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As China's growth slows, the world worries

Don't look to China to head off the global economic slowdown.

With the U.S. recovery stalling and much of Europe in recession, China remains the last major region keeping the global economy moving ahead. But there was fresh evidence Friday that the Chinese dragon’s fire is cooling. 

China's economic growth fell to a three-year low, the government reported, as the world's second-largest economy grew by 7.6 percent over a year earlier in the three months. That’s the worst showing since the financial panic of 2008 sent the global economy reeling. 

Now, as its economy slows, China's leaders are cutting interest rates and boosting spending to maintain growth, which is expected to pick up again later this year. But those measures aren't expected to be as aggressive as the massive pump-priming that followed the financial collapse of 2008 and helped stave off a global downturn.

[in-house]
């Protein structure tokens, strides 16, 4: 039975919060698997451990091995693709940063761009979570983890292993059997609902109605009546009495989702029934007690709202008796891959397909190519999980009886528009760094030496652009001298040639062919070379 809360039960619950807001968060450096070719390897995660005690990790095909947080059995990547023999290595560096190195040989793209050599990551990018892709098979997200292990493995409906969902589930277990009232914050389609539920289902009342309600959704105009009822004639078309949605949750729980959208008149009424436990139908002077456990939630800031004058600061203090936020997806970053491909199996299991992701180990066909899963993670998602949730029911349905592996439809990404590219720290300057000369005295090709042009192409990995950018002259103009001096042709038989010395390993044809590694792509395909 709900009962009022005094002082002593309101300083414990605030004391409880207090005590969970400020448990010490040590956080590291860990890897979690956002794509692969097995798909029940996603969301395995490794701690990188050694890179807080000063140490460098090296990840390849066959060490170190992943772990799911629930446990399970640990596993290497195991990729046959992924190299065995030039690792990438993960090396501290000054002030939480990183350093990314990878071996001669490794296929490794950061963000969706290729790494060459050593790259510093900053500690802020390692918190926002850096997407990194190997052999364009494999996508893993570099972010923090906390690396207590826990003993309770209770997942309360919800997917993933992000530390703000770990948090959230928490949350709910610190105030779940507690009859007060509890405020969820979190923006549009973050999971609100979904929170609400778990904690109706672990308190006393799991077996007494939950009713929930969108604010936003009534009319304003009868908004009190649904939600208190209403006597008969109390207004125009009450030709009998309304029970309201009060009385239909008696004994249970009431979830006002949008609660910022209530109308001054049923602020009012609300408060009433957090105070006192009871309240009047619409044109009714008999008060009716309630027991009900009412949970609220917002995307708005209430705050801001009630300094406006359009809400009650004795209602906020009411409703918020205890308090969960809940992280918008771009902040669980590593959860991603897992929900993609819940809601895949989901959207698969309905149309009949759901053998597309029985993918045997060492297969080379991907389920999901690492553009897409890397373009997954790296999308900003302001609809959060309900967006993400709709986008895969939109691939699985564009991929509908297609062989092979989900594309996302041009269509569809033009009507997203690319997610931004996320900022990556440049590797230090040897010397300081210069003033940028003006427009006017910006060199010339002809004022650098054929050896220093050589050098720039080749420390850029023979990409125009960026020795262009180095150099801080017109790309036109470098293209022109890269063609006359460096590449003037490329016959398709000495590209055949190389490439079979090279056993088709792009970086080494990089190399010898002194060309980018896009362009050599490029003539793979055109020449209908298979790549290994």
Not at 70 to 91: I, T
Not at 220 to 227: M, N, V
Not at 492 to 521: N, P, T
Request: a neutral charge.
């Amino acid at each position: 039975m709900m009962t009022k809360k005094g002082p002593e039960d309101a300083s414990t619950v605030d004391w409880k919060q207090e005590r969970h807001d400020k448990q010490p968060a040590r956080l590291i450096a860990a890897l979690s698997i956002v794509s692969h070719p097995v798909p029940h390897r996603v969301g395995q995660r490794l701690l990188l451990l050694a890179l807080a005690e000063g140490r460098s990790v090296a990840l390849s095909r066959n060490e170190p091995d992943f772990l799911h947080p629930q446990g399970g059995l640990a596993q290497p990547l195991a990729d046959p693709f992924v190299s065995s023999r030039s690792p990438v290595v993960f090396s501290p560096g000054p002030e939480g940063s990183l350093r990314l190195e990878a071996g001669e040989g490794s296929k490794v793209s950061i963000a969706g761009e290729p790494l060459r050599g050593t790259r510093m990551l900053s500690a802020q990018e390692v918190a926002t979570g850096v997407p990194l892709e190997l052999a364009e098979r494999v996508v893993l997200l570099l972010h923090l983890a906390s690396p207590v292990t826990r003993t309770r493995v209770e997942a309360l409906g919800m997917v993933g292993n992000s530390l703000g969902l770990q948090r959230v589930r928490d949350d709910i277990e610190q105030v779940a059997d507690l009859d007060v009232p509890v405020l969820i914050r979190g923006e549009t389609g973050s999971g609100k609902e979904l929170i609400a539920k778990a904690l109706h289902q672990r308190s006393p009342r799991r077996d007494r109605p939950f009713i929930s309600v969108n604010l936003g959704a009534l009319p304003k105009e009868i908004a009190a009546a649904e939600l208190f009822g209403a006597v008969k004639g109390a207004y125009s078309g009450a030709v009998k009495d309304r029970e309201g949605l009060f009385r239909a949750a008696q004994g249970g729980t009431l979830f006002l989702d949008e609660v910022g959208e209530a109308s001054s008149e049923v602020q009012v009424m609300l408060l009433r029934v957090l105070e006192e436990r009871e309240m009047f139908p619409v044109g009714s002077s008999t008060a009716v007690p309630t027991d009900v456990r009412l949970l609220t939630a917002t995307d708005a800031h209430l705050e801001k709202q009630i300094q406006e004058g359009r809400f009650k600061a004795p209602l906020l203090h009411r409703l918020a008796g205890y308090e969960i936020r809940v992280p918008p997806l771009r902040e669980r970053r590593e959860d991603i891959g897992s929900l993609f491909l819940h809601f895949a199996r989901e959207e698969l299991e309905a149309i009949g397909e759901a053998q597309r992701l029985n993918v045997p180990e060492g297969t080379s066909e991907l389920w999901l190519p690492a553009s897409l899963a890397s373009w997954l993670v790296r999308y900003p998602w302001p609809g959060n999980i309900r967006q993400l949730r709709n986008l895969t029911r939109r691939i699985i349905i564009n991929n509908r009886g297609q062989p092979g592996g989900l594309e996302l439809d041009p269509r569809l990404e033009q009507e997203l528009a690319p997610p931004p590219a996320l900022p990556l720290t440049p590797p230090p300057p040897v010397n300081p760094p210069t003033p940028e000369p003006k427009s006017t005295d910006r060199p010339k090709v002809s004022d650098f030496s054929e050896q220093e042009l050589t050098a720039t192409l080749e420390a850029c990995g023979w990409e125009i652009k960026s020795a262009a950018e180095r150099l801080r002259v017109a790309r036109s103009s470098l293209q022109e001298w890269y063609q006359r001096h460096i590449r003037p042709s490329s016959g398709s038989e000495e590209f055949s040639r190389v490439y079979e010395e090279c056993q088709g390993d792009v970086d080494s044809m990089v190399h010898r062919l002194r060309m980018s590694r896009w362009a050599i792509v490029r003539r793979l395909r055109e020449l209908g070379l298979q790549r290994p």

"I think this cycle is very different from 2008-2009," said Jing Ulrich, chairman of global markets, China, at JPMorgan. "Back in 2009, China was the savior for the world economy after launching an aggressive stimulus program. This time around the central government is acting very, very conservative. We don’t think there will be a large-scale stimulus program."

China’s leaders are walking a fine line as they try to steer the country’s command economy from heavy reliance on government spending -- more than half of GDP -- to more sustainable, consumer-driven growth backed by private investment.